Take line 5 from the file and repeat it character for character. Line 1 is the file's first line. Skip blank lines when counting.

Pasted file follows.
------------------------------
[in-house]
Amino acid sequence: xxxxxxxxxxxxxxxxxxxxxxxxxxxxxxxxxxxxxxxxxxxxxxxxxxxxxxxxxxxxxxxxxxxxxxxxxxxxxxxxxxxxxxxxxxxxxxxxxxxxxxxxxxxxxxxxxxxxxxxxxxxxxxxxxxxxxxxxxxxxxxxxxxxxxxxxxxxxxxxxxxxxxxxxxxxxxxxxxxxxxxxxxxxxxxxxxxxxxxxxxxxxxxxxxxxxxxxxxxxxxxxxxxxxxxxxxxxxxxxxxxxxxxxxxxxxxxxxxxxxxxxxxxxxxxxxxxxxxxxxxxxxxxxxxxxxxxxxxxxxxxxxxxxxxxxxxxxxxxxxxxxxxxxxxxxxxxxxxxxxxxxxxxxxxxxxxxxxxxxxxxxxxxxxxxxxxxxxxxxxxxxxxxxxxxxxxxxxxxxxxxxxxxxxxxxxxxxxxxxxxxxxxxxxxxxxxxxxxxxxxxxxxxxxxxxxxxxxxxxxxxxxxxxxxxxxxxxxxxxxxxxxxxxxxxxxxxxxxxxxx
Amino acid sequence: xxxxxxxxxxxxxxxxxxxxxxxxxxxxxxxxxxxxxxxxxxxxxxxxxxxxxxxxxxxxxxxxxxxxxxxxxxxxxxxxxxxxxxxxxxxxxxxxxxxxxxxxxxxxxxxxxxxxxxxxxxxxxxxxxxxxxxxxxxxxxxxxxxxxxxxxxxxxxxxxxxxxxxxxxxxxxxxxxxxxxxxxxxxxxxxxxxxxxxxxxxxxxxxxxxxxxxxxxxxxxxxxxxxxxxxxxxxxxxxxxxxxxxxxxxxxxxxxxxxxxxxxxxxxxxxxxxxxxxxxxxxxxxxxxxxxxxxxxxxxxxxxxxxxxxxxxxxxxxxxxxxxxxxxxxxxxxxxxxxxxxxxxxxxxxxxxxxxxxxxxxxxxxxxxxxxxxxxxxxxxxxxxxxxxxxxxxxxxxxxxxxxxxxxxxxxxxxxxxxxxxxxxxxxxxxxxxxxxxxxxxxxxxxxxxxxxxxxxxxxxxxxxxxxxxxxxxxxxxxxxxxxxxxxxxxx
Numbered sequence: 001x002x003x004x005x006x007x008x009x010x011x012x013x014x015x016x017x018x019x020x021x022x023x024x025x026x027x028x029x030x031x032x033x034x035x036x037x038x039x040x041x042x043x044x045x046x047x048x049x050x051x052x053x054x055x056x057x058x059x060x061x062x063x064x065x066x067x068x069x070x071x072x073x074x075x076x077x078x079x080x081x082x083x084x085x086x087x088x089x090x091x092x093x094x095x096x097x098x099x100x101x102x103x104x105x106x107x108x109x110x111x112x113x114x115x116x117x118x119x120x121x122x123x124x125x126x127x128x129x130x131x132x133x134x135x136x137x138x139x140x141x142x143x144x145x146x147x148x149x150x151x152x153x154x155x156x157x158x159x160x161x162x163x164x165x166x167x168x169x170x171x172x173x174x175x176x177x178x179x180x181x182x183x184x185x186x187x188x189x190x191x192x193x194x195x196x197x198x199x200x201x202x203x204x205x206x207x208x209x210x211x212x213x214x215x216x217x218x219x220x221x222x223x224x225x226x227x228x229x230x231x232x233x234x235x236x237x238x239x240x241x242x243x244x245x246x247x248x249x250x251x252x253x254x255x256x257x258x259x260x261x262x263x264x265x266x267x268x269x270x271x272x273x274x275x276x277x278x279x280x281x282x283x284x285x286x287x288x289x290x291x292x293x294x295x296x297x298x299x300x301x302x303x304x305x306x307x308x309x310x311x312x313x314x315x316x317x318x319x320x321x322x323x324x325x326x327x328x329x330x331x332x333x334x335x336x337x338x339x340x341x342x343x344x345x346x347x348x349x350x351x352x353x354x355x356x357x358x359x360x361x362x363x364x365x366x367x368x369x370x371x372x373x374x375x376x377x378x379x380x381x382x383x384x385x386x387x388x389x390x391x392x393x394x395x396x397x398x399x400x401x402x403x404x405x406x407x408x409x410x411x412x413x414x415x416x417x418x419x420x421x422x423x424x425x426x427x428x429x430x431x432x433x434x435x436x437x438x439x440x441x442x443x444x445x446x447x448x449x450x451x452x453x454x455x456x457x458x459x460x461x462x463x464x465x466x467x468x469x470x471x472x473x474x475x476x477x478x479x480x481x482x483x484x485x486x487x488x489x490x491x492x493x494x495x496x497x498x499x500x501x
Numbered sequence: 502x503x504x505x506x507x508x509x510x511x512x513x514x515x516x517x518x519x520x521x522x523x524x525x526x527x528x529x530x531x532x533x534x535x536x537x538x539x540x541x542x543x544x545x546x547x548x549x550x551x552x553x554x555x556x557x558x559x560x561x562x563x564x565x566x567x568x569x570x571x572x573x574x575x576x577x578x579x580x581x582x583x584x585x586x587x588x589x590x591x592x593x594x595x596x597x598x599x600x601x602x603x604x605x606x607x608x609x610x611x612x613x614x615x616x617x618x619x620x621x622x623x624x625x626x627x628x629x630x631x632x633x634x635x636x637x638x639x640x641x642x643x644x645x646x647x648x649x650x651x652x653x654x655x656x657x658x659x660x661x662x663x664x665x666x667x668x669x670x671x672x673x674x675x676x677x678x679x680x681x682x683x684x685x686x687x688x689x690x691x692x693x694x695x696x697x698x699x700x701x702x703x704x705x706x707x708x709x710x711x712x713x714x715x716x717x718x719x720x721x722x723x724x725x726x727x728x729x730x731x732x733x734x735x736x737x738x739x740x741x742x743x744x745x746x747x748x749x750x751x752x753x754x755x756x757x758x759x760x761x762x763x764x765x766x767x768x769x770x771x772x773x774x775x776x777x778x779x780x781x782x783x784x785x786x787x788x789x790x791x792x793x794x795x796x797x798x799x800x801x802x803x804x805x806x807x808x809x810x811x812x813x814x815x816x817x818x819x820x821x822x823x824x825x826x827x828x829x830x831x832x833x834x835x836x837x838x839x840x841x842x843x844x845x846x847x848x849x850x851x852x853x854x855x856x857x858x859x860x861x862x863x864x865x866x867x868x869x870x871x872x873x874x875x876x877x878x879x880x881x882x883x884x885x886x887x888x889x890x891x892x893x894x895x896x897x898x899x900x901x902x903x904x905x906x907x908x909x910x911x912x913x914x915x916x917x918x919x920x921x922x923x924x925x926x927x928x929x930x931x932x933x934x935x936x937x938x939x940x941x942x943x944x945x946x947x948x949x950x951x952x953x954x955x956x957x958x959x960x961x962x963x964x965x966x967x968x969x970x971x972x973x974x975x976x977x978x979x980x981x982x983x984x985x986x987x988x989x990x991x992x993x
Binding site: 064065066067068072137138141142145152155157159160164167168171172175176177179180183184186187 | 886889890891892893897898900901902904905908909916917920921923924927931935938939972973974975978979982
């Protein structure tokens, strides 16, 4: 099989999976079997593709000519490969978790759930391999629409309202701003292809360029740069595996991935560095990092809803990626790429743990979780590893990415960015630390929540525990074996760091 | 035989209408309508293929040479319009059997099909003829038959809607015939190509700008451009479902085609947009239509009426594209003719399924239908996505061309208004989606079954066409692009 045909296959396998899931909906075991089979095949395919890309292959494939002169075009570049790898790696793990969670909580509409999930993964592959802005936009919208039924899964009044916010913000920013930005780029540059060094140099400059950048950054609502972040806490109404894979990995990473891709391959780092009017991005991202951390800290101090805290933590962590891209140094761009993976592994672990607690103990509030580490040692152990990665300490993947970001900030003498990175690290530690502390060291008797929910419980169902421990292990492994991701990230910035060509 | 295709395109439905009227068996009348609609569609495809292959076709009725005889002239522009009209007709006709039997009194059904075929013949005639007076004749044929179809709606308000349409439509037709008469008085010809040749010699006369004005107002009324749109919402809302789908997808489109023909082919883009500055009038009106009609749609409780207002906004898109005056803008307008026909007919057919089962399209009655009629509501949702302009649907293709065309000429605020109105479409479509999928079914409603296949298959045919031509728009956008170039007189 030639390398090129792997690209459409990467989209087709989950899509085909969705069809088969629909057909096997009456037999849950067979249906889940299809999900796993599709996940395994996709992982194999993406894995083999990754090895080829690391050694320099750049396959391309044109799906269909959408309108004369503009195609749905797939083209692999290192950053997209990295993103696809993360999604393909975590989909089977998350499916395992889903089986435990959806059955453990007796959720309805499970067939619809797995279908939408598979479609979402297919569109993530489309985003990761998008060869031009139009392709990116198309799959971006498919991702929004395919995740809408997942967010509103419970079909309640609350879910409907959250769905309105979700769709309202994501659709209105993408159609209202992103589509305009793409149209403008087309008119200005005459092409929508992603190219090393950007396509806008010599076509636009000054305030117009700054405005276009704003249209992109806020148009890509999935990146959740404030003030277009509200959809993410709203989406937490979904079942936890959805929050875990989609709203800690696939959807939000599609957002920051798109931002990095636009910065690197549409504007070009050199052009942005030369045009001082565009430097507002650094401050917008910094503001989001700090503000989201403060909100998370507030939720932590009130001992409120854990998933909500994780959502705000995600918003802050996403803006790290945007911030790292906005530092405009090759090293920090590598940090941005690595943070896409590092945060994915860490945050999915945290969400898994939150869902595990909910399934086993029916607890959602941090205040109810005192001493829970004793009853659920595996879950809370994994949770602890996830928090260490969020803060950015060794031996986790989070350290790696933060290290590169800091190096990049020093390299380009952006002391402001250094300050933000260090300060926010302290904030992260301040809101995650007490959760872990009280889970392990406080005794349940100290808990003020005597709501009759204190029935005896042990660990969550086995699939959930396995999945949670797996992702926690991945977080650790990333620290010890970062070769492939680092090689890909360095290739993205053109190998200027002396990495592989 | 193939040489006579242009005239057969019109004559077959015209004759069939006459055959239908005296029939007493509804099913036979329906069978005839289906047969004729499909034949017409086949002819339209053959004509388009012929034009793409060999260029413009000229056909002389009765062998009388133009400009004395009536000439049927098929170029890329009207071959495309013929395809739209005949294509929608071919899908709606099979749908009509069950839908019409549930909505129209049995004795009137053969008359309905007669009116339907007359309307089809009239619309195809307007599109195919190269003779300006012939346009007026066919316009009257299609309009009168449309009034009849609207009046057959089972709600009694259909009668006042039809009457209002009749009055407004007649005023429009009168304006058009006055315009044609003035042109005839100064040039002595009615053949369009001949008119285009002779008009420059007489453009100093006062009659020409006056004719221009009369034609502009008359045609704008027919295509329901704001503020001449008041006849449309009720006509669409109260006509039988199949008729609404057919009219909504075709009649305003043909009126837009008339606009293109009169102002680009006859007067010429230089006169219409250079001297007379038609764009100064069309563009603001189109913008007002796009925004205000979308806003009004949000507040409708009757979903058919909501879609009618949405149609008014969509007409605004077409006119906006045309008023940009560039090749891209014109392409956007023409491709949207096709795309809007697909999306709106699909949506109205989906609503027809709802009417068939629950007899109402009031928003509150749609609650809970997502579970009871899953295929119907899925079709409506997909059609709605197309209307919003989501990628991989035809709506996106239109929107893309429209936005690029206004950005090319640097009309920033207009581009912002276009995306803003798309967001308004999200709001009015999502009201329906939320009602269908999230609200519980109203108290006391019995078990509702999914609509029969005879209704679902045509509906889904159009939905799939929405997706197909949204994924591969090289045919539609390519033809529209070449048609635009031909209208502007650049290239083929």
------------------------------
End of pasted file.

Numbered sequence: 502x503x504x505x506x507x508x509x510x511x512x513x514x515x516x517x518x519x520x521x522x523x524x525x526x527x528x529x530x531x532x533x534x535x536x537x538x539x540x541x542x543x544x545x546x547x548x549x550x551x552x553x554x555x556x557x558x559x560x561x562x563x564x565x566x567x568x569x570x571x572x573x574x575x576x577x578x579x580x581x582x583x584x585x586x587x588x589x590x591x592x593x594x595x596x597x598x599x600x601x602x603x604x605x606x607x608x609x610x611x612x613x614x615x616x617x618x619x620x621x622x623x624x625x626x627x628x629x630x631x632x633x634x635x636x637x638x639x640x641x642x643x644x645x646x647x648x649x650x651x652x653x654x655x656x657x658x659x660x661x662x663x664x665x666x667x668x669x670x671x672x673x674x675x676x677x678x679x680x681x682x683x684x685x686x687x688x689x690x691x692x693x694x695x696x697x698x699x700x701x702x703x704x705x706x707x708x709x710x711x712x713x714x715x716x717x718x719x720x721x722x723x724x725x726x727x728x729x730x731x732x733x734x735x736x737x738x739x740x741x742x743x744x745x746x747x748x749x750x751x752x753x754x755x756x757x758x759x760x761x762x763x764x765x766x767x768x769x770x771x772x773x774x775x776x777x778x779x780x781x782x783x784x785x786x787x788x789x790x791x792x793x794x795x796x797x798x799x800x801x802x803x804x805x806x807x808x809x810x811x812x813x814x815x816x817x818x819x820x821x822x823x824x825x826x827x828x829x830x831x832x833x834x835x836x837x838x839x840x841x842x843x844x845x846x847x848x849x850x851x852x853x854x855x856x857x858x859x860x861x862x863x864x865x866x867x868x869x870x871x872x873x874x875x876x877x878x879x880x881x882x883x884x885x886x887x888x889x890x891x892x893x894x895x896x897x898x899x900x901x902x903x904x905x906x907x908x909x910x911x912x913x914x915x916x917x918x919x920x921x922x923x924x925x926x927x928x929x930x931x932x933x934x935x936x937x938x939x940x941x942x943x944x945x946x947x948x949x950x951x952x953x954x955x956x957x958x959x960x961x962x963x964x965x966x967x968x969x970x971x972x973x974x975x976x977x978x979x980x981x982x983x984x985x986x987x988x989x990x991x992x993x